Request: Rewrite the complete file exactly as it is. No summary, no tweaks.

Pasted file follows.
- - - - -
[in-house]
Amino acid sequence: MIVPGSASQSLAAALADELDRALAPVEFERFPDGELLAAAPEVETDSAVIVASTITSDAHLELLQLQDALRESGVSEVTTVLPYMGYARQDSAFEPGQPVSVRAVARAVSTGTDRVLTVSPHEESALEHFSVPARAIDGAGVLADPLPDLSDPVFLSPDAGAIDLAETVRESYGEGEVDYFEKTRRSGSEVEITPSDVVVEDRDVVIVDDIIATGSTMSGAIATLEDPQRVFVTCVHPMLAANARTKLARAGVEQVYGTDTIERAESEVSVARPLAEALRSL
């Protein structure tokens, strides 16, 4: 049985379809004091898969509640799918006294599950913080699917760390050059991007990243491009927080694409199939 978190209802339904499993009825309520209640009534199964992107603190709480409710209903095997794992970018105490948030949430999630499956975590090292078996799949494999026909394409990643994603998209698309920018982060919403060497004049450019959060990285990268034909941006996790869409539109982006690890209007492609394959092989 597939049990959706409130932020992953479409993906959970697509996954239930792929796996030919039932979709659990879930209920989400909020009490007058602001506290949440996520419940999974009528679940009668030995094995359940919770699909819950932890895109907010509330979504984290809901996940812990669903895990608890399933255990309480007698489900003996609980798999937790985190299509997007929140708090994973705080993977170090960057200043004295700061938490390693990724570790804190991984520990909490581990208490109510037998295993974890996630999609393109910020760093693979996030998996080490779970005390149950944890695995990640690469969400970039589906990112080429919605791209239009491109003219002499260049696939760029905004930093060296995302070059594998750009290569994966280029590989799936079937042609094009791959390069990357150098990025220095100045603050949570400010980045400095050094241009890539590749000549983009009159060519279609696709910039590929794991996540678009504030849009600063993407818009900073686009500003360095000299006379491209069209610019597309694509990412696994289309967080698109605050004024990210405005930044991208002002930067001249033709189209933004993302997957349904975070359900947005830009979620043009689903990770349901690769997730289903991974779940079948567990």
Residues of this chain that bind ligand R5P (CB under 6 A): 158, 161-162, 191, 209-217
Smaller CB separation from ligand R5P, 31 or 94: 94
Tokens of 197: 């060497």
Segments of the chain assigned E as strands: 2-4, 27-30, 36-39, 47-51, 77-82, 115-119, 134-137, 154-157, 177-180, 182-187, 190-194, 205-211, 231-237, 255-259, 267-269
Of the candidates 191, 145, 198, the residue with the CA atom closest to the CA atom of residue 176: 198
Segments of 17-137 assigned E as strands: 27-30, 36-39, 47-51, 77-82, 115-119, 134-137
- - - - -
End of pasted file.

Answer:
[in-house]
Amino acid sequence: MIVPGSASQSLAAALADELDRALAPVEFERFPDGELLAAAPEVETDSAVIVASTITSDAHLELLQLQDALRESGVSEVTTVLPYMGYARQDSAFEPGQPVSVRAVARAVSTGTDRVLTVSPHEESALEHFSVPARAIDGAGVLADPLPDLSDPVFLSPDAGAIDLAETVRESYGEGEVDYFEKTRRSGSEVEITPSDVVVEDRDVVIVDDIIATGSTMSGAIATLEDPQRVFVTCVHPMLAANARTKLARAGVEQVYGTDTIERAESEVSVARPLAEALRSL
């Protein structure tokens, strides 16, 4: 049985379809004091898969509640799918006294599950913080699917760390050059991007990243491009927080694409199939 978190209802339904499993009825309520209640009534199964992107603190709480409710209903095997794992970018105490948030949430999630499956975590090292078996799949494999026909394409990643994603998209698309920018982060919403060497004049450019959060990285990268034909941006996790869409539109982006690890209007492609394959092989 597939049990959706409130932020992953479409993906959970697509996954239930792929796996030919039932979709659990879930209920989400909020009490007058602001506290949440996520419940999974009528679940009668030995094995359940919770699909819950932890895109907010509330979504984290809901996940812990669903895990608890399933255990309480007698489900003996609980798999937790985190299509997007929140708090994973705080993977170090960057200043004295700061938490390693990724570790804190991984520990909490581990208490109510037998295993974890996630999609393109910020760093693979996030998996080490779970005390149950944890695995990640690469969400970039589906990112080429919605791209239009491109003219002499260049696939760029905004930093060296995302070059594998750009290569994966280029590989799936079937042609094009791959390069990357150098990025220095100045603050949570400010980045400095050094241009890539590749000549983009009159060519279609696709910039590929794991996540678009504030849009600063993407818009900073686009500003360095000299006379491209069209610019597309694509990412696994289309967080698109605050004024990210405005930044991208002002930067001249033709189209933004993302997957349904975070359900947005830009979620043009689903990770349901690769997730289903991974779940079948567990």
Residues of this chain that bind ligand R5P (CB under 6 A): 158, 161-162, 191, 209-217
Smaller CB separation from ligand R5P, 31 or 94: 94
Tokens of 197: 């060497």
Segments of the chain assigned E as strands: 2-4, 27-30, 36-39, 47-51, 77-82, 115-119, 134-137, 154-157, 177-180, 182-187, 190-194, 205-211, 231-237, 255-259, 267-269
Of the candidates 191, 145, 198, the residue with the CA atom closest to the CA atom of residue 176: 198
Segments of 17-137 assigned E as strands: 27-30, 36-39, 47-51, 77-82, 115-119, 134-137